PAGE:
a damaged socket. But that does indeed happen - products
    do leave the factory with crushed spring contacts in
    the socket. The evidence suggests the motherboard got
    damaged at the factory, just before being put into the box.

    LGA sockets vary in quality. There was an incident recorded on
    Anandtech, where socket springs seemed to be making poor
    contact, which was detected later on when overclocking and
    the other contacts would overheat. I've never heard of
    a ZIF socket quality problem, so perhaps they're a bit
    easier to make. The springs in an LGA are pretty brittle.
    The spring in the socket "bites" into the land pad on
    the other side. You can see a mark on the CPU, once it's
    been inserted into the socket. I don't know how many
    cycles such a scheme could take. I haven't been pulling
    CPUs out of LGA motherboards here all that often,
    to discover what the limit might be.

    Maybe the LGA scheme can be built to higher contact
    counts, than a ZIF can. The very largest LGA has
    such a high contact force (due to the number of
    springs times the force per spring), that it uses
    two levers to close the lid. Whereas the same degree
    of force isn't as evident when closing a ZIF lever.

    If you had a motherboard with a ZIF socket on it,
    it wouldn't need a "socket check" just after you
    bought it at the computer store. It takes deliberate
    tampering to mess one up.

    Paul
     
    Paul, Dec 29, 2014
  5. Adam

    Adam Guest

    Lesson learned ... always pull that heatsink "straight" up (with "both"
    steady hands)!!
     
    Adam, Dec 29, 2014
  6. Adam

    Adam Guest

    And, always look at the copper before putting it down. :)
     
    Adam, Dec 29, 2014
  7. Adam

    Adam Guest

    For the ball point pen refill, which ones (make, model,
    fine or medium?, etc.) are best? URL?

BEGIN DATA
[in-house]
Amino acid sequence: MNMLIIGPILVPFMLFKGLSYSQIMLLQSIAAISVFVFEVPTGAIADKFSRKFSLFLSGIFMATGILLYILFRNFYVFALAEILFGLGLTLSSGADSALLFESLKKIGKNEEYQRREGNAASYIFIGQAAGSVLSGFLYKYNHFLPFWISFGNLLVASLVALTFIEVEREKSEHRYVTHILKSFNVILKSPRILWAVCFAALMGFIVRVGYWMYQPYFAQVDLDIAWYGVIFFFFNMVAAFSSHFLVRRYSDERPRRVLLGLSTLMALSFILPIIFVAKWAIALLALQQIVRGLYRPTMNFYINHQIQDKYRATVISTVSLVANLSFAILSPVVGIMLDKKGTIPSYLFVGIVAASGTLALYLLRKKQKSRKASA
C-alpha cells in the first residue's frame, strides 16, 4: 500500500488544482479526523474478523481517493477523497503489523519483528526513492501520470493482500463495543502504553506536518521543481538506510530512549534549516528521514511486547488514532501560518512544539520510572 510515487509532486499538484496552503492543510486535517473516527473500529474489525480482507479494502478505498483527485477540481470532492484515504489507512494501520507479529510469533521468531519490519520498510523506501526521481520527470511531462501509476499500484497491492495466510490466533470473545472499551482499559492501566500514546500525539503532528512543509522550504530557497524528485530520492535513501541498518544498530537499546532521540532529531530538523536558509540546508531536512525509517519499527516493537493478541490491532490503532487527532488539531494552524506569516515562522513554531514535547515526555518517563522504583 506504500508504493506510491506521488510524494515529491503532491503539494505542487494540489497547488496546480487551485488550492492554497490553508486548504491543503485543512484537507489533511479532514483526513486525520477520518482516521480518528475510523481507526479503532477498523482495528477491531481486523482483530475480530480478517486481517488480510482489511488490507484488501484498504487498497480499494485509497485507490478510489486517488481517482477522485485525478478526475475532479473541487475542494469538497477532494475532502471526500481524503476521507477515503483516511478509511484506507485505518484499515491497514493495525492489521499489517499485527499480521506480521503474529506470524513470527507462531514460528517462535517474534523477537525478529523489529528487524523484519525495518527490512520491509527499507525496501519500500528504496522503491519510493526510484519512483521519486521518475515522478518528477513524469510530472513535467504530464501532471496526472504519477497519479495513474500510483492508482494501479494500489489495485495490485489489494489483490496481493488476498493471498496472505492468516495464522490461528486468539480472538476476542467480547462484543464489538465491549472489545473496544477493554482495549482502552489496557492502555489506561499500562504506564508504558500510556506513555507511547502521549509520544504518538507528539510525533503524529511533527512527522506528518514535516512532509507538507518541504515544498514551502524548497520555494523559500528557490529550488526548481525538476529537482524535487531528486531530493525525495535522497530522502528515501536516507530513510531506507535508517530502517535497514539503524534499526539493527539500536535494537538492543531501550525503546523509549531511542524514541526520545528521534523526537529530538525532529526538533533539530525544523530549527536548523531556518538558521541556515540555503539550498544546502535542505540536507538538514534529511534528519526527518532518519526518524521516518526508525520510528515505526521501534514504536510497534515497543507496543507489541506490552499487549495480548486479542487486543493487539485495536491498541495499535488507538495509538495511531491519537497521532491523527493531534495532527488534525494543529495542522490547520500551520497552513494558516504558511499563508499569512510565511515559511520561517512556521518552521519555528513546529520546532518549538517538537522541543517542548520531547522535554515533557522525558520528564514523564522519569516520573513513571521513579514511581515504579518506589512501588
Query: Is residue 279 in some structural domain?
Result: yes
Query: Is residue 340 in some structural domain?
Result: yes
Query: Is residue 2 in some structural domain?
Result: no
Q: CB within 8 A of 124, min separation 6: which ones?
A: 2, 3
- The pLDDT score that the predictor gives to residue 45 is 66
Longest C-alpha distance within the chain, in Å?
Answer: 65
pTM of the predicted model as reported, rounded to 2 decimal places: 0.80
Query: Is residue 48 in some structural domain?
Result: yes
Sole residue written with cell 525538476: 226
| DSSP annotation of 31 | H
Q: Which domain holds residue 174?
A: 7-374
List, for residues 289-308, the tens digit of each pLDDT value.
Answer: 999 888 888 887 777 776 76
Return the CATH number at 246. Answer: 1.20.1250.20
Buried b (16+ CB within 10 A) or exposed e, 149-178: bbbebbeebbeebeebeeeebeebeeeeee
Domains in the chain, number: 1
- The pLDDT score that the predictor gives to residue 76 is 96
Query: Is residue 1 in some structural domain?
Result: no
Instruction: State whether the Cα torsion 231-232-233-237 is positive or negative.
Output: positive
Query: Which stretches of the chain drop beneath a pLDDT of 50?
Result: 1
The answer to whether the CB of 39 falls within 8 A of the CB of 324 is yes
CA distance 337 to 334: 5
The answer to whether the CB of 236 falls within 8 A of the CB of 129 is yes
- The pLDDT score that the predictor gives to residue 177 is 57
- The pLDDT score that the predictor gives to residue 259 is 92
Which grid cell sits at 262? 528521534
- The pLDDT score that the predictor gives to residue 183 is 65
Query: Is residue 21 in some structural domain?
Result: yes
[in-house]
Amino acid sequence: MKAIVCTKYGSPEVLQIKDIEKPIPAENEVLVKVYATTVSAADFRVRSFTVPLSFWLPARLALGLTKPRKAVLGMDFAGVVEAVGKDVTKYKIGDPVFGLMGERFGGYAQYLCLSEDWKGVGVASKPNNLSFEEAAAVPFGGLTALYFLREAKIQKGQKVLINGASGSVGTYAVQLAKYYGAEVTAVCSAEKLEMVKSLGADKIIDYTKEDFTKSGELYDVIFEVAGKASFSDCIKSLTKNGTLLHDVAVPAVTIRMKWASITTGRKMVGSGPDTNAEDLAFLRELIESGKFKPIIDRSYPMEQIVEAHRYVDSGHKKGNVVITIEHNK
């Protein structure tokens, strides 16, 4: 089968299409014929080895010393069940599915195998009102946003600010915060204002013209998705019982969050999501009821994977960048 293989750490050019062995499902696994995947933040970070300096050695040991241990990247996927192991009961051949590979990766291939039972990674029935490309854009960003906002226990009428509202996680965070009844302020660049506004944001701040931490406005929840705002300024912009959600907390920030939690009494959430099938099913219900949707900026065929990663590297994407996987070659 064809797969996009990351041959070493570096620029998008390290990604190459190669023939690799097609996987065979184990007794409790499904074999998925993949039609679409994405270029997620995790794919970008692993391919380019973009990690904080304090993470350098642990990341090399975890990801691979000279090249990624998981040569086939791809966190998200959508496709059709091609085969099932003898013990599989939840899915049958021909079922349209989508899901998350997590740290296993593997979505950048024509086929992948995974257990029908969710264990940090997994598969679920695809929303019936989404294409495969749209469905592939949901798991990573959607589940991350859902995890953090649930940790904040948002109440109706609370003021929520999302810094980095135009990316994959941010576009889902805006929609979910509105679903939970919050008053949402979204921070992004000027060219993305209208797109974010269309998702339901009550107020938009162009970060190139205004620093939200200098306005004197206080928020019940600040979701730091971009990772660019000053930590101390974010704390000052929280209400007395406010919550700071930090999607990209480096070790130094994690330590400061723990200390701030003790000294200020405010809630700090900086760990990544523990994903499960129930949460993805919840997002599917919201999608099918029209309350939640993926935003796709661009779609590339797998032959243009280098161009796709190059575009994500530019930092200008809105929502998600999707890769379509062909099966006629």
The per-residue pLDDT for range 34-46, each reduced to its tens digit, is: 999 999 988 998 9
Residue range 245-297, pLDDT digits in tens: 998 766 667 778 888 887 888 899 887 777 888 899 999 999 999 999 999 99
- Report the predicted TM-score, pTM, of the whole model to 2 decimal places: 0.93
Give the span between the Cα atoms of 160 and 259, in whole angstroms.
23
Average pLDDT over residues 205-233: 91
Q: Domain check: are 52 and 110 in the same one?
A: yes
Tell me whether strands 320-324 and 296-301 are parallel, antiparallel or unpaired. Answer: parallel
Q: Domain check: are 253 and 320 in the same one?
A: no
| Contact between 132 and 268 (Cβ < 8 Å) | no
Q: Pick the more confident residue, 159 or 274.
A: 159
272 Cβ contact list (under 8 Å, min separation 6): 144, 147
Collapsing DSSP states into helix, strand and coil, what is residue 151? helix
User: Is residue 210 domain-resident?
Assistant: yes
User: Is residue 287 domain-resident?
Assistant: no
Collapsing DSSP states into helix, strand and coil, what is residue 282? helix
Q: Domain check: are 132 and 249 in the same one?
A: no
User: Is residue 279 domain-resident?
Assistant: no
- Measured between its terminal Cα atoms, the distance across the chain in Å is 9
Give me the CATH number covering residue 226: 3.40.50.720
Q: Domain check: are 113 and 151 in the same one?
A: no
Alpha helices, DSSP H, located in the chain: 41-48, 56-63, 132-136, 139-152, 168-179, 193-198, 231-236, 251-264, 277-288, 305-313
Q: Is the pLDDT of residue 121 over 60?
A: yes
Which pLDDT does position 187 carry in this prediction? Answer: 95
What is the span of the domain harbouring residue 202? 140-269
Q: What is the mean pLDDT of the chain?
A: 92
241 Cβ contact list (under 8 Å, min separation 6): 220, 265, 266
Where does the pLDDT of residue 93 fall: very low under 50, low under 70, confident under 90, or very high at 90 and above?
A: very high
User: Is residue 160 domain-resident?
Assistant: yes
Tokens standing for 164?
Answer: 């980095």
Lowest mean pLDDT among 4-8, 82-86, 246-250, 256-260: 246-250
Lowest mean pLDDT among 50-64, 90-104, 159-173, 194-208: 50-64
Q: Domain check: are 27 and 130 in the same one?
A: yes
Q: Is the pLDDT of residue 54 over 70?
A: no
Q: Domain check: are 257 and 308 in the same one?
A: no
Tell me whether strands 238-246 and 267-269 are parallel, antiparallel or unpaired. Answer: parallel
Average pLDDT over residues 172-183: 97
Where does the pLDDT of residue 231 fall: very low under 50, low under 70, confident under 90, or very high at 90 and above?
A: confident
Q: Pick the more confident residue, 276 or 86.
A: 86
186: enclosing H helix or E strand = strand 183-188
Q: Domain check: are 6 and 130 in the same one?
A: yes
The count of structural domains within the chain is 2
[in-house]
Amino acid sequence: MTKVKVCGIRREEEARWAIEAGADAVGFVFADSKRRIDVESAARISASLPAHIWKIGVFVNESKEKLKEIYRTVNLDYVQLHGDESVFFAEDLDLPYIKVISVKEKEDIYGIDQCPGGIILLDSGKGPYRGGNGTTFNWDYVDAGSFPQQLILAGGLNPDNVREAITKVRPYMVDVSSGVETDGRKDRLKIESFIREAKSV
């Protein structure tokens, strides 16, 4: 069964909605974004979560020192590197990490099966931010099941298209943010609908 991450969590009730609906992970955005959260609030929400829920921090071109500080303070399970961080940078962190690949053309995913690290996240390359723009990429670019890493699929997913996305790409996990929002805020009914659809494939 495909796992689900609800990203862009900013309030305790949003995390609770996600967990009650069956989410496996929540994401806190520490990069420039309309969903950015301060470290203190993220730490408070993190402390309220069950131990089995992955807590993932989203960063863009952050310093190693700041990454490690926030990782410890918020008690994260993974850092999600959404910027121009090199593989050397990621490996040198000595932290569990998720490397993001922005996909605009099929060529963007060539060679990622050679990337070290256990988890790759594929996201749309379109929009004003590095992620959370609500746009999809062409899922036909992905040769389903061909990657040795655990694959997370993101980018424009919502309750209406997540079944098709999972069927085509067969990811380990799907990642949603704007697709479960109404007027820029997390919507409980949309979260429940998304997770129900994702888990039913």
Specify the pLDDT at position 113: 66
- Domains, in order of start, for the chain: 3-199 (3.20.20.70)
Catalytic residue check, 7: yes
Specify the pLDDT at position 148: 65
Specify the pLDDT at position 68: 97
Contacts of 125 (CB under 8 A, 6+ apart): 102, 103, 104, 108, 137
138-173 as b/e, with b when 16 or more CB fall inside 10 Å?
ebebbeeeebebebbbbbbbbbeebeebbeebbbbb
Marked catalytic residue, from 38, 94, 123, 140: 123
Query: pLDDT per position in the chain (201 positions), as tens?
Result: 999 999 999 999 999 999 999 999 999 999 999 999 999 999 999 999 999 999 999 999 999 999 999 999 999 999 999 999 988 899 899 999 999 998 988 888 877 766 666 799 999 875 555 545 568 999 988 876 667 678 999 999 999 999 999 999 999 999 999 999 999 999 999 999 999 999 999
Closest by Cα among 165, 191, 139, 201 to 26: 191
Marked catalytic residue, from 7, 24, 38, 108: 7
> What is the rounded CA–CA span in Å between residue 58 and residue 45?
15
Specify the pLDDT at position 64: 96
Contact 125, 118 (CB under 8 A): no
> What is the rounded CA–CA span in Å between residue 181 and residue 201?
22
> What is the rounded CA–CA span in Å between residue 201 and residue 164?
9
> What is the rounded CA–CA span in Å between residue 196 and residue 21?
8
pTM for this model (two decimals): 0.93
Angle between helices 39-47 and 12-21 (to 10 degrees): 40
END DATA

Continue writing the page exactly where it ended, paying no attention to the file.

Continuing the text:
In that case, I think I prefer the "pin and ZIF socket case" myself.
    It just takes a little more delicate cautious handling.
    Even a newbie like me can handle CPU reinstallation now.

    When the pins are straight, the CPU naturally "falls" into
    the ZIF socket when properly aligned/positioned.
     
    Adam, Dec 29, 2014
  8. Adam

    Paul Guest

    You go out to the kitchen, and start taking apart the old
    clickie type ball point pens, and look for the right size
    tube. It's been a long time, since the proper sized metal
    tube refill, has been for sale.

    I'm sure that somewhere, there is a real tool for the
    job. I wouldn't expect the kind of retailers I have
    here, to stock one.

    Paul
     
    Paul, Dec 29, 2014
  9. Adam

    Adam Guest

    With the exception of the old PCI Creative SoundBlaster Live! 5.1 sound
    card,
    all componenets (video card, drives, etc.) have been installed in the Antec
    case and
    the system acknowledges all components on boot up with Ubuntu Live CD.

    The only issue is ... I am using ...

    RAM:
    Crucial Ballistix Tactical 240-Pin DDR3 SDRAM 8 Dual Channel Kit 1866
    (PC3 15000) BLT2CP4G3D1869DT1TX0

    But, system only acknowledges 8192 MB (DDR3 - 1333 MHz)

    System sees all the RAM but is 1333 MHz RAM the max that this mobo supports?

    Other info shown in BIOS setup ...

    Voltages...
    CPU 1.344V
    3.3V 3.360V
    5V 5.035V
    12V 12.252V

    Temp...
    CPU +107.6F/+42.0C
    MB +87.8F/+31.0C

    Fan Speed...
    CPU Fan ~2973 RPM
     
    Adam, Dec 29, 2014
  10. Adam

    mike Guest

    Hobby Store, brass tubing.
     
    mike, Dec 29, 2014
  11. Adam

    Adam Guest

    Ballistix 1866MHz only does 1333MHz on SABERTOOTH...
    http://forum.crucial.com/t5/Crucial...z-only-does-1333MHz-on-SABERTOOTH/td-p/127306
     
    Adam, Dec 29, 2014
  12. Adam

    Paul Guest

    http://www.crucial.com/usa/en/blt2kit4g3d1869dt1tx0

    8GB Kit (4GBx2)